Corruption, 5MLD & fake companies take the headlines in January

Julian Dixon

January 30th, 2020

Another month, and another armload of headlines crying corruption, crypto and fake companies.

Africa's richest woman is accused of laundering money

The main story this January was the case of Isobel dos Santos, Africa's richest woman, accused of laundering money.

If we ever needed a reminder of the potential risks of dealing with politically exposed persons (PEPs), then Isobel dos Santos is certainly serving that purpose. Daughter of former Angola president, José Eduardo dos Santos, Isobel dos Santos is one of the world's richest women and the richest woman in Africa (Forbes magazine estimate her fortune to be worth $2.2bn).

Following more than 700,000 leaked documents, she now faces allegations that she’s built her substantial empire, including businesses in oil, banking, telecoms and diamonds, by exploiting her own country and corruption. A court in the Angolan capital, Luanda, has consequently ordered the freezing of her bank accounts and businesses.

Companies caught up in the allegations include Price Waterhouse Coopers (PWC), which has made millions providing consultancy, auditing and tax advice to her companies, and Portuguese bank, EuroBic, where dos Santos had been a primary shareholder. Both companies have terminated their relationships with her and announced they are conducting their own investigations. I suspect we may see more companies following suit.

If the allegations are true, what’s striking (but sadly not surprising) in this case is not just the scale, but the clear absence of due diligence over decades of trading and hundreds of thousands of transactions. It’s taken a whistleblower to expose corruption that has cost the people of Angola dearly.

This is an investigation that’s not going to go away any time soon. Moreover, it reflects how difficult overcoming money laundering is when those at the top abuse their power.

FCA becomes the AML/CTF supervisor of cryptoasset businesses

In a move that is surely welcomed by many, the FCA became the supervisor of cryptoasset businesses on 10 January 2020. Its duty (amongst many other things) is to ensure the businesses it supervises comply with the money laundering regulations.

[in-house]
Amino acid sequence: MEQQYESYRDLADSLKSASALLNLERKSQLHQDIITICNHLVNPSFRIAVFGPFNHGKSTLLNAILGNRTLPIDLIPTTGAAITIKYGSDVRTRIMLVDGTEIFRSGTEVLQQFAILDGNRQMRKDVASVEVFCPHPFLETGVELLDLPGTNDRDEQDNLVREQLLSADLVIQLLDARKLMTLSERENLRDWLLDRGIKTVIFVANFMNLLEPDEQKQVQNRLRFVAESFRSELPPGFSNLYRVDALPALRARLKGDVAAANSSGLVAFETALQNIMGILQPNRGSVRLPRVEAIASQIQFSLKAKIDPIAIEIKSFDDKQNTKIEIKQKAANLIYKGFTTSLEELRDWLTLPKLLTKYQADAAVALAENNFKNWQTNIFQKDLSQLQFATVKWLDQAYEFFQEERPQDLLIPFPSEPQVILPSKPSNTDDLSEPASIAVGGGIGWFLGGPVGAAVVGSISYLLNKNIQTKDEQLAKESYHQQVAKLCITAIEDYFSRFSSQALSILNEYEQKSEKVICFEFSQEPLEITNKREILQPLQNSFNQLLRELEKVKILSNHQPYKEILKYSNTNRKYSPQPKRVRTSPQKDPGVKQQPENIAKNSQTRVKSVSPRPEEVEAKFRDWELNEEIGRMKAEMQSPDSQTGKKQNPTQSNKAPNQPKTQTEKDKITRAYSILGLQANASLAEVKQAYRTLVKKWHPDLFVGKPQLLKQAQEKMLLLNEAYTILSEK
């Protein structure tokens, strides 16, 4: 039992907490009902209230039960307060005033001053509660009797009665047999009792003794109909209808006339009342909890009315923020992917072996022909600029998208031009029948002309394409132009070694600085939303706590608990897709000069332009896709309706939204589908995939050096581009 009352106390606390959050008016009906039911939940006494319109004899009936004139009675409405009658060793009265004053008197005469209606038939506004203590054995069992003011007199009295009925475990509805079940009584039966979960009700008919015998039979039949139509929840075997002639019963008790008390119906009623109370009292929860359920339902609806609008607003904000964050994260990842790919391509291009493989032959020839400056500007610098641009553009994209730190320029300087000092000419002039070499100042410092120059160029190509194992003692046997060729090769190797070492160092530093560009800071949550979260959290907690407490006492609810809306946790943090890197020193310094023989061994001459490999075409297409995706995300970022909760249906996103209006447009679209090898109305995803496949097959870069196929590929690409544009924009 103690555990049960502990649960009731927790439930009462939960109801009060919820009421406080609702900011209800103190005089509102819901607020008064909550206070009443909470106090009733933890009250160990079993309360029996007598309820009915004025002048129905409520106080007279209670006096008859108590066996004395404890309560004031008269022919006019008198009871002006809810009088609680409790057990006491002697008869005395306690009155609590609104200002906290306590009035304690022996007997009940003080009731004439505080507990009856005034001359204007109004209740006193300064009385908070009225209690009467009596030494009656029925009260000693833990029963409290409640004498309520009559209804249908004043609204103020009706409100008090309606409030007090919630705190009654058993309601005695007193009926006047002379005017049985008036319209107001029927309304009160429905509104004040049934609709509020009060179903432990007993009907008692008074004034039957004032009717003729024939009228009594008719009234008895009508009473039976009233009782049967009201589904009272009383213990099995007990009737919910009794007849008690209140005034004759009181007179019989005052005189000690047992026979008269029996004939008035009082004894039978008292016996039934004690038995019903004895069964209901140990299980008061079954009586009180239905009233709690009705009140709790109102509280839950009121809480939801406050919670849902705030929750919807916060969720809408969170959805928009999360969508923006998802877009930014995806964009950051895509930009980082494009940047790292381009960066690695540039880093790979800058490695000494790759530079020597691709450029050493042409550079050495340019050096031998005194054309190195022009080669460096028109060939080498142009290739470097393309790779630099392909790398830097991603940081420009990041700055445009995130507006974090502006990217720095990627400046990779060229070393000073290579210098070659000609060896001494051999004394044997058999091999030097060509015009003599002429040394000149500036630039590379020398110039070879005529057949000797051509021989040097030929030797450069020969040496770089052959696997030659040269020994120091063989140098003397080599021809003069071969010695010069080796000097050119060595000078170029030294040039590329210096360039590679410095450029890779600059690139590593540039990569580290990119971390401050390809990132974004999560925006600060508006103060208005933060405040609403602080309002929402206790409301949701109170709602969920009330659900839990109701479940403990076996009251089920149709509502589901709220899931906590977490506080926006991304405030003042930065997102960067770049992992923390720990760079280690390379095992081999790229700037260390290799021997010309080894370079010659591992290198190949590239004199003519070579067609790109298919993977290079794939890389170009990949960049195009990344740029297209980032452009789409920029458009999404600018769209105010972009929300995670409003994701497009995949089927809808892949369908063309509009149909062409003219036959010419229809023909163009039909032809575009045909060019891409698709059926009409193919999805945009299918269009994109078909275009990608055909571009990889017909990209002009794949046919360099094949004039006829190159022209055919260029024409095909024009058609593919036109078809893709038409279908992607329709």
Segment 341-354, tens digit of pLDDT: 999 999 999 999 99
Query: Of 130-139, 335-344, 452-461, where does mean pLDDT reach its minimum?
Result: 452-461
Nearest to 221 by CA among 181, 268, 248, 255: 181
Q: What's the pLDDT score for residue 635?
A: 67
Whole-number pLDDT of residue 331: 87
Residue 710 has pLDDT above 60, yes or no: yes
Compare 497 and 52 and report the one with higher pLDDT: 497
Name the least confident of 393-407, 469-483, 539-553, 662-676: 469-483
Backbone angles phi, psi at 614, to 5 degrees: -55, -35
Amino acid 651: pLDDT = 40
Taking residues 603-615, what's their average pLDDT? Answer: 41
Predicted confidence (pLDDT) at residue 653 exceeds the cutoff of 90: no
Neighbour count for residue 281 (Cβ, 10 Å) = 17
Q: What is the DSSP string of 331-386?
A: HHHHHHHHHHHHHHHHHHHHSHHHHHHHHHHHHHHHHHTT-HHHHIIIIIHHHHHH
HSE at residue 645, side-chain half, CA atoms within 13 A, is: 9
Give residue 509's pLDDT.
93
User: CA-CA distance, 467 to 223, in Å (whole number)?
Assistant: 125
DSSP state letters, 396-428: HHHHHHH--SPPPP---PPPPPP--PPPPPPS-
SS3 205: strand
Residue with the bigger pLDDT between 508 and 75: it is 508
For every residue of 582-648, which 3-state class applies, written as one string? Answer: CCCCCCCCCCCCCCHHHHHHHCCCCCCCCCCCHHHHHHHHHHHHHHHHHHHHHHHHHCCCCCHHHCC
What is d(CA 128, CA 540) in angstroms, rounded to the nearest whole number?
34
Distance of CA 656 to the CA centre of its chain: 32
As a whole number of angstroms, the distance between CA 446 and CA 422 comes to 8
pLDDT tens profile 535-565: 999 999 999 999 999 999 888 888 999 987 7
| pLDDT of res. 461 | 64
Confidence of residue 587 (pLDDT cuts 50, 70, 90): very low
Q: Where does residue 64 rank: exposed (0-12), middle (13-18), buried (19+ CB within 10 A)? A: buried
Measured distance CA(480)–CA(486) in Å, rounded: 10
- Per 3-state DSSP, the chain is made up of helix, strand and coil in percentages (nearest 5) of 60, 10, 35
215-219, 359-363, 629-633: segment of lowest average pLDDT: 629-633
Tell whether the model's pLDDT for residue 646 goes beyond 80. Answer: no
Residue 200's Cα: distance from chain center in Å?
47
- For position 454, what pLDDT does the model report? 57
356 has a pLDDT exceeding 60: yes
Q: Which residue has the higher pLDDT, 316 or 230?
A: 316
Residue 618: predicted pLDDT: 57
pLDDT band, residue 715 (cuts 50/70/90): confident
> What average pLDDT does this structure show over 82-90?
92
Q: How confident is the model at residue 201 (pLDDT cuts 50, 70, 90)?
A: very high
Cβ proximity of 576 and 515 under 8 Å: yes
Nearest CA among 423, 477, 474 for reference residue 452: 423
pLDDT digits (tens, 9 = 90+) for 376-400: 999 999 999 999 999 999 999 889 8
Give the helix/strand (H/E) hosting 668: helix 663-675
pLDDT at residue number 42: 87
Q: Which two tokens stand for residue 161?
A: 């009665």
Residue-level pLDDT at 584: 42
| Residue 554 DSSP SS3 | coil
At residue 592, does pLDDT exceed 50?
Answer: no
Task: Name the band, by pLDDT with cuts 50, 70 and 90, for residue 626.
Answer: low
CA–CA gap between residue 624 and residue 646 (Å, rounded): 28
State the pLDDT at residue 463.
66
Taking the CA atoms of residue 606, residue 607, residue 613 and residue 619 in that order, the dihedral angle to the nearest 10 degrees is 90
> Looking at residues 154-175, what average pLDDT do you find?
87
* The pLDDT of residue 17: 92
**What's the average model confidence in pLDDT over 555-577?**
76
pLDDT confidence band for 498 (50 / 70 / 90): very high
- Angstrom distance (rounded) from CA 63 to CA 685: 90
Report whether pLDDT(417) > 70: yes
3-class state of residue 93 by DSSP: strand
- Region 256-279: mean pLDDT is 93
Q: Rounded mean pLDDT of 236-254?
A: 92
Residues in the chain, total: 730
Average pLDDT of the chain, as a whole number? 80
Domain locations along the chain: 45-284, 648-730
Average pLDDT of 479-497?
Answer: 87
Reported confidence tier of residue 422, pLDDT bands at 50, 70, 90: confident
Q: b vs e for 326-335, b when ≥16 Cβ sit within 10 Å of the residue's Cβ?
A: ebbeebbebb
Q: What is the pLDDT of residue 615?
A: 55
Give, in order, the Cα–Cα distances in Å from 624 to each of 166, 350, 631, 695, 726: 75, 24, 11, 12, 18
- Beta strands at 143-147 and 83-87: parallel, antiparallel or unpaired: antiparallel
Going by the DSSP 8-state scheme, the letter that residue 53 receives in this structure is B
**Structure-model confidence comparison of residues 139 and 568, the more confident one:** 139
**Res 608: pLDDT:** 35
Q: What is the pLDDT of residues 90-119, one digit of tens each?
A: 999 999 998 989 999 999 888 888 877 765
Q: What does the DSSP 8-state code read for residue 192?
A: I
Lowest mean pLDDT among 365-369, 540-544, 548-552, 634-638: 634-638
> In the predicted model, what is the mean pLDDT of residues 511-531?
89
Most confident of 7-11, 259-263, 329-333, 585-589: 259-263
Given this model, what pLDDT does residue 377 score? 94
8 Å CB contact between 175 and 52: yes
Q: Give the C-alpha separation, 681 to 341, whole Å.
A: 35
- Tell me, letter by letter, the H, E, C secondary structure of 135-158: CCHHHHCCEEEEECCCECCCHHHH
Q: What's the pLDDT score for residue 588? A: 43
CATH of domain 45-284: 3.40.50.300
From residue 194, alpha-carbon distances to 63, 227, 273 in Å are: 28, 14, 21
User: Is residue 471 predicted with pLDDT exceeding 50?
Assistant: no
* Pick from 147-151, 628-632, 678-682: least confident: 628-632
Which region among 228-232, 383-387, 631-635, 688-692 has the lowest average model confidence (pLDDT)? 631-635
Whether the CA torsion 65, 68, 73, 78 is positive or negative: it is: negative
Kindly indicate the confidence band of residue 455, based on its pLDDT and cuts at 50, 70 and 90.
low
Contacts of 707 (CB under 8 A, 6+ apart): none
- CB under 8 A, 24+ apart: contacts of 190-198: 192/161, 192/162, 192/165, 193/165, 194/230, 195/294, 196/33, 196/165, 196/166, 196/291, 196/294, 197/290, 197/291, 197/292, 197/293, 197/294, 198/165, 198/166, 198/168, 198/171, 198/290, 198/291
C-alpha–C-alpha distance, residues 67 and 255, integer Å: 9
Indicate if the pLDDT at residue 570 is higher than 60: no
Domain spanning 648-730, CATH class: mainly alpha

This new responsibility has been brought about by the Fifth Money Laundering Directive (5MLD).

Cryptoasset businesses (including exchange providers, automated teller machines, wallet providers, peer-to-peer providers and more) are now classified under 5MLD’s definition of ‘obliged entities’ (i.e. those who must operate within the scope of the money laundering regulations).

All cryptoasset businesses need to register with the FCA. There are several important deadlines to be aware of. While this may seem like yet another regulatory burden, it’s a crucial step to keep improving our processes and approaches to fight money laundering and terrorist financing.

You can find out more about the changes 5MLD implements and how to comply with the money laundering regulations, in our new guide, 5MLD: Your guide for compliance.

Money laundering operation worth £215m shut down

It’s been termed as one of the most significant live money laundering investigations in the UK. And it’s also Northern Ireland’s biggest.

This month seven were arrested in a money laundering scam worth £215m. Following an
18-month long complex investigation, over 50 companies and 140 bank accounts were identified. Deposits were made to thousands of bank accounts across the UK, as well as transferred out of the UK through foreign exchange companies since 2011.

Clearly, the amount of money in question here, and scale of this investigation, reflects just how successful the money laundering operation was. How these criminals remained undetected for so long is concerning.

Crucially, setting up and using shell companies has been identified as integral to the operation. As the investigation continues, it’s a reminder of the potential money laundering risks associated with such companies, and how the lack of controls contribute to ongoing crime.

More effective AML systems, controls and procedures should have prevented the laundering of these ill-gotten gains.

Read more from the blog...